(Author’s note: Writing and posting today nearly undermines its intended purpose. Today is not a day for my voice. It’s just the day I had the opportunity to use it. I’ve not posted in nearly three months. I don’t anticipate that kind of gap happening again. Please don’t interpret this as me trying to talk over others. Please interpret this as me encouraging others to join me in listening to everyone who must be heard. They must.)
Here’s how I come at this: I spend most of my time talking about relationship stuff. And the reason why is because when I was 4 my parents divorced and it felt really bad, followed by my own divorce at age 34 which felt even worse.
My premise is simple enough as it pertains to marriage and romantic relationships. I don’t care whether people get married. I’m not out here advocating for marriage.
But I think when two people marry, voluntarily and intentionally, that they should have WAY better odds of making it than 50 percent.
The real tragedy from my perspective is that the list of things I believe will have the greatest impact on whether relationships will be healthy and sustainable versus shitty and broken are NOT on anyone’s radar.
In other words, situations and behaviors that will determine the fate of people’s marriages and families happen while the participants are unaware of how critical and life-altering they are. People—none more than me 10+ years ago—struggle with getting outside of their own heads to seek greater understanding about how another person or other people might be experiencing something.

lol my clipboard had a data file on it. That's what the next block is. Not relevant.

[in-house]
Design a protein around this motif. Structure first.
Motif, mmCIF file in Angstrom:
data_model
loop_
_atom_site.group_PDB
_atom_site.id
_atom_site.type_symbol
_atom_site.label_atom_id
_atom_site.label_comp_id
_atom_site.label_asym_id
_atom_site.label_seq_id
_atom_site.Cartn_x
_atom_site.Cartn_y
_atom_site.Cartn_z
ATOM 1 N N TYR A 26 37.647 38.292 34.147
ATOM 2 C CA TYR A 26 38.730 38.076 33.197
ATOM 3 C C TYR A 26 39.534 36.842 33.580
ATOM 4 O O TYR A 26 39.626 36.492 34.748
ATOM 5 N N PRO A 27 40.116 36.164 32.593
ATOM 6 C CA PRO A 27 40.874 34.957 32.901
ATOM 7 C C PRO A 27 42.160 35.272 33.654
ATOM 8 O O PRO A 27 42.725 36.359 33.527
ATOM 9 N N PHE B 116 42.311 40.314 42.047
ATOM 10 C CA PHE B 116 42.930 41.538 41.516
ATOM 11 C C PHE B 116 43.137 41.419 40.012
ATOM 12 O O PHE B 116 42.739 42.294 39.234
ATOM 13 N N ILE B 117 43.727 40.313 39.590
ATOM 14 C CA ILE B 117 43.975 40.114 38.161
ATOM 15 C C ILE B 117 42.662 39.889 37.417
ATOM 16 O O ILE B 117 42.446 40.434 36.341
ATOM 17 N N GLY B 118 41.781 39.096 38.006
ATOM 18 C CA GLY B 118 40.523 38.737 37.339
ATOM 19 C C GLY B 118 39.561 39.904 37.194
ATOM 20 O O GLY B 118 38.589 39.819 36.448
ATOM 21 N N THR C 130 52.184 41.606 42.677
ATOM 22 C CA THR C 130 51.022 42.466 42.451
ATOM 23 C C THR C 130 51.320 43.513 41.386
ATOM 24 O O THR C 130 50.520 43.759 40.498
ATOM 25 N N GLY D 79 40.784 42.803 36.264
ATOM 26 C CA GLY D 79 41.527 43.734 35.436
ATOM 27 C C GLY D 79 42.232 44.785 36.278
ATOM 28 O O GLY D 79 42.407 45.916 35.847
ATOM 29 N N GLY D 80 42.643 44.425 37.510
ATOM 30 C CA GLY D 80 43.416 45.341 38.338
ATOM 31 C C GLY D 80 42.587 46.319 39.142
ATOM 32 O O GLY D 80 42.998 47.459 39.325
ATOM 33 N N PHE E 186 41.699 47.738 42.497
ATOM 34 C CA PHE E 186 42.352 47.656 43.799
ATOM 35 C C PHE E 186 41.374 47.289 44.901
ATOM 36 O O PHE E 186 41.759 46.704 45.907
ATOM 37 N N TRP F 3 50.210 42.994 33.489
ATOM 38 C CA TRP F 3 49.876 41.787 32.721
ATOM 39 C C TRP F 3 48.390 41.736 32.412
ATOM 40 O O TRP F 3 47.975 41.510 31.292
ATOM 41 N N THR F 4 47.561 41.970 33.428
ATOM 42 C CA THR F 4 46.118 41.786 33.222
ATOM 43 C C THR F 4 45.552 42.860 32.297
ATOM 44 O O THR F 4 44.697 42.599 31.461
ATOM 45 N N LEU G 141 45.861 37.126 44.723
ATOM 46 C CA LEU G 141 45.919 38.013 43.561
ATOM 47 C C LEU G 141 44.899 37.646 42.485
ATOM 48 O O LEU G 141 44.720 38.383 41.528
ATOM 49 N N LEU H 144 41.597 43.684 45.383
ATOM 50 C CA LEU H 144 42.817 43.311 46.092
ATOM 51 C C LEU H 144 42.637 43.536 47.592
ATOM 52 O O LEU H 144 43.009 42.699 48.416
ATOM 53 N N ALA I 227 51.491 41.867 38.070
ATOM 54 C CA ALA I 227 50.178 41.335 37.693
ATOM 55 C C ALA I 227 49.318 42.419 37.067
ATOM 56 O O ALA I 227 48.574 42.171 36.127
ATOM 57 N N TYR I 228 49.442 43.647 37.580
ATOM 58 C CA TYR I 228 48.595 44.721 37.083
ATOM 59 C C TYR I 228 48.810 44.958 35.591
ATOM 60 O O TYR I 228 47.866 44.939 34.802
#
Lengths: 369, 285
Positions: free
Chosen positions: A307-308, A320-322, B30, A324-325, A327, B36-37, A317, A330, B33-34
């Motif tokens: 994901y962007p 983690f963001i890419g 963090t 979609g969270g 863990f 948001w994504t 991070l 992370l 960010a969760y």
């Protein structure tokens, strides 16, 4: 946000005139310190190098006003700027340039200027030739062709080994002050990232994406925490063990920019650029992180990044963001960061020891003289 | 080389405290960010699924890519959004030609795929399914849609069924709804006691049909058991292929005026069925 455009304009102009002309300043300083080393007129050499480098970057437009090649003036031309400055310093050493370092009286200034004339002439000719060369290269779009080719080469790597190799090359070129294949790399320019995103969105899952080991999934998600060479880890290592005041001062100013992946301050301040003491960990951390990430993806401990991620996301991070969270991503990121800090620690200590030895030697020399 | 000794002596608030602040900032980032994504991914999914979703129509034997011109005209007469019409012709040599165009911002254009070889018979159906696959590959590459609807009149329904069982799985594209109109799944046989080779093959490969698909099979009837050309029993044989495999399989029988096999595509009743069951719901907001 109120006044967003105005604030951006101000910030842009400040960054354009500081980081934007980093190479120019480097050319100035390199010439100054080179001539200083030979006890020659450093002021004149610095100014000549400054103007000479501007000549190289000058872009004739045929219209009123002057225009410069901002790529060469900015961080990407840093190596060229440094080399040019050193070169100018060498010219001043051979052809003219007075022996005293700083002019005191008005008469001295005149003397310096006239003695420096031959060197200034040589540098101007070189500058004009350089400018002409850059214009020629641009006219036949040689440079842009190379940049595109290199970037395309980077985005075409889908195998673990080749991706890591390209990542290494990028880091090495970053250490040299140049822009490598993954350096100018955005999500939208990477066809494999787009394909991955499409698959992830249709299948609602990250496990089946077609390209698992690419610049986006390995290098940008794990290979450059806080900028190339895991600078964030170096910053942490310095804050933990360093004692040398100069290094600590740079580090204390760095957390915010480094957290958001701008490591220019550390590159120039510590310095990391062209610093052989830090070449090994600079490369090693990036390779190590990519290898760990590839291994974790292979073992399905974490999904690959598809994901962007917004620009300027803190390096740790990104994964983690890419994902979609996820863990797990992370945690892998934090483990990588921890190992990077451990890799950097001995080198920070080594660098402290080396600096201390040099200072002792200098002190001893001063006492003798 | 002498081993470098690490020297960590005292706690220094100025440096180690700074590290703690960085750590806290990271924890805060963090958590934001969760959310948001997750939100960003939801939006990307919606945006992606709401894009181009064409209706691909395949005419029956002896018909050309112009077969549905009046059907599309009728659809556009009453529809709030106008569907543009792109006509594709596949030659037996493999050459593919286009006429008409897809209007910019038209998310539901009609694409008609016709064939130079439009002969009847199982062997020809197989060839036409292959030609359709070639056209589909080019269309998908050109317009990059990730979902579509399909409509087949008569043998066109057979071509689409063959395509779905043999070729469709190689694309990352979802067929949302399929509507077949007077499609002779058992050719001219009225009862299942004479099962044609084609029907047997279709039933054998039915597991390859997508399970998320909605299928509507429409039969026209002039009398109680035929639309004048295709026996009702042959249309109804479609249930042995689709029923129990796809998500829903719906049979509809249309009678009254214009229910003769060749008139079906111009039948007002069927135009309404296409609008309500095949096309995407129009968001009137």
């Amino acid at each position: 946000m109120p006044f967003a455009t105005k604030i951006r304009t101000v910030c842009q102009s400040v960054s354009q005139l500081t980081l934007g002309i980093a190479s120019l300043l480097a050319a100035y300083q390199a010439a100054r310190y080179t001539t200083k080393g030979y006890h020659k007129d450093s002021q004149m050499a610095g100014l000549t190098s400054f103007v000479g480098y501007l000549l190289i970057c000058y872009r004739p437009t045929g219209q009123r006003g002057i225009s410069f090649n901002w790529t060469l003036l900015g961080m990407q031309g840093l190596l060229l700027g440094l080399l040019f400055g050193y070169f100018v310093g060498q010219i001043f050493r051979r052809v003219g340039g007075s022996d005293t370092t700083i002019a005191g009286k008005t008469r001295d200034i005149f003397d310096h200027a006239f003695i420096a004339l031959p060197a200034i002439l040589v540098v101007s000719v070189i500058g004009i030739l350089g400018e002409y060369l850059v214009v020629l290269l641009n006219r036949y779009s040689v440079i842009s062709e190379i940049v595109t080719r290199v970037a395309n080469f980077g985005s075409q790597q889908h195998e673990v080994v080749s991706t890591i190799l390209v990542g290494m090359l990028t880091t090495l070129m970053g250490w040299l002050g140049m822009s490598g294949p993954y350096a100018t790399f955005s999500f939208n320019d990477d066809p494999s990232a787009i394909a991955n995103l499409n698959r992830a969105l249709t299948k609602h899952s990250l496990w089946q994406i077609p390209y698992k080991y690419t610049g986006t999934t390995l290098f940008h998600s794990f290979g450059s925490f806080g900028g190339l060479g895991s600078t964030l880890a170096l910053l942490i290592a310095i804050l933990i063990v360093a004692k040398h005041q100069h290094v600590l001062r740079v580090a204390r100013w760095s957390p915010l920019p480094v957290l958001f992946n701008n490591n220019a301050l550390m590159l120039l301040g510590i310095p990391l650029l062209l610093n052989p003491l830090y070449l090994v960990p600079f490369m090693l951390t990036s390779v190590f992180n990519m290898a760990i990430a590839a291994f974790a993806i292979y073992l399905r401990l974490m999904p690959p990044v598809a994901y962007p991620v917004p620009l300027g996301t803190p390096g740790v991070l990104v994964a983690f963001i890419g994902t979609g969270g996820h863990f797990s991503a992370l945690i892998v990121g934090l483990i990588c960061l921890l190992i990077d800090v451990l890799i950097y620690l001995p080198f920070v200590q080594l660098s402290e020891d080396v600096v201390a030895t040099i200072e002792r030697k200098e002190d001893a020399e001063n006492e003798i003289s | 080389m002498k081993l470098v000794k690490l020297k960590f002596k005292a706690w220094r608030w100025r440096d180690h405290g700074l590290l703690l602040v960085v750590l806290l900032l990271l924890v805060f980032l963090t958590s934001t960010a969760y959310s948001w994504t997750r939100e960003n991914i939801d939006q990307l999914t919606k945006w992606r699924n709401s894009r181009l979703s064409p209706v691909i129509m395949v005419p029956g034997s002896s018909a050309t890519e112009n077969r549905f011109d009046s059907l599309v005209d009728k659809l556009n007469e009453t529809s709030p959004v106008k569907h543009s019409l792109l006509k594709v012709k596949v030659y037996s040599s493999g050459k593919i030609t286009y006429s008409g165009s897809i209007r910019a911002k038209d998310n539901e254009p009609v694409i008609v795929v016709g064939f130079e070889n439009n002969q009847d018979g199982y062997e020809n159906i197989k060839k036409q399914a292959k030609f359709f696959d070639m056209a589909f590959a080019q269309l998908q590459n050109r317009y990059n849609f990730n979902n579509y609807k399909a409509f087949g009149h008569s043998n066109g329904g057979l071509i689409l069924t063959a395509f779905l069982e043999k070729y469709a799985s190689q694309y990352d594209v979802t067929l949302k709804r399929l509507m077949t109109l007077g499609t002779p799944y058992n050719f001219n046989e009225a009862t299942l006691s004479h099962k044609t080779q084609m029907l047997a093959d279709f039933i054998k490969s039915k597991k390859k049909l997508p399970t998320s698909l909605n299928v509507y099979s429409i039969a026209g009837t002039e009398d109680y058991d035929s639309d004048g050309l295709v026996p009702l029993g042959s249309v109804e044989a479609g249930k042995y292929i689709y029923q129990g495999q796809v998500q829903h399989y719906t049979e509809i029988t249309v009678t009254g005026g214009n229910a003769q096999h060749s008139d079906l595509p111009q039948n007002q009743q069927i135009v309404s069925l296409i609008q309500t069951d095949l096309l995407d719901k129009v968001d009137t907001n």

Our partners share thoughts and feelings with us. And instead of:
- Seeking further understanding to A. Know the people we love more fully, and B. Make sure we know what we need to know in order to actively participate in them NOT feeling this hurt or shitty in the future…
we often judge what they’re telling us. We try to evaluate whether we think they should or should not feel what they feel. We try to correct them.
This is how you make people feel invisible. Sad. Angry. Rejected. Unloved. Disrespected.
Maybe there’s a case to be made for shit relationships. Maybe there are people unlike me who perceive toxic relationships to be a positive thing for themselves and those around them.
But this is the fight I fight.
Seems Pretty Black and White to Me
As friends and professional colleagues have broached conversations with me about recent events in the United States, I heard myself saying IDENTICAL things as I do in my coaching conversations about marriage and healthy romantic relationships.
It took me a long time to embrace the idea of listening to people outside of my bubbles, echo chambers, and social circles of sameness. It took me a long time to realize I needn’t ever be afraid of my beliefs being challenged.
Truth will always, always, ALWAYS hold up to scrutiny.
Please validate people who think and feel things differently than you (if you value having healthy relationships with them and/or believe they deserve respect and decency). You needn’t ever agree with someone else. Agreement is not required.
Please seek to understand WHY people think and feel the things they think and feel. You’ll likely find that based on everything they have seen, heard, been taught, and experienced, it totally makes sense that they think and feel the things that they do.
Always search for the WHY.
People matter. Not some people. Not people who look like me. Not people who act like me. Not people who think like me.
Either everyone matters or nobody does.
When our spouses come to us and say that they feel hurt, please don’t say “Everyone hurts, you whiner. Toughen up!” and then expect afterward to have a healthy, connected, trusting relationship with them where everyone feels loved, cared for, and respected as equals. If that’s how you show up, it’s going to get bad. It just is.
Everyone in that relationship will suffer.
When our fellow citizens come to us and say “Black lives matter,” please don’t say “All lives matter, you whiner. Toughen up!” and expect afterward to have healthy, connected, trusting relationships with them where everyone feels respected as equals. That’s how many of us have been showing up. And it got bad.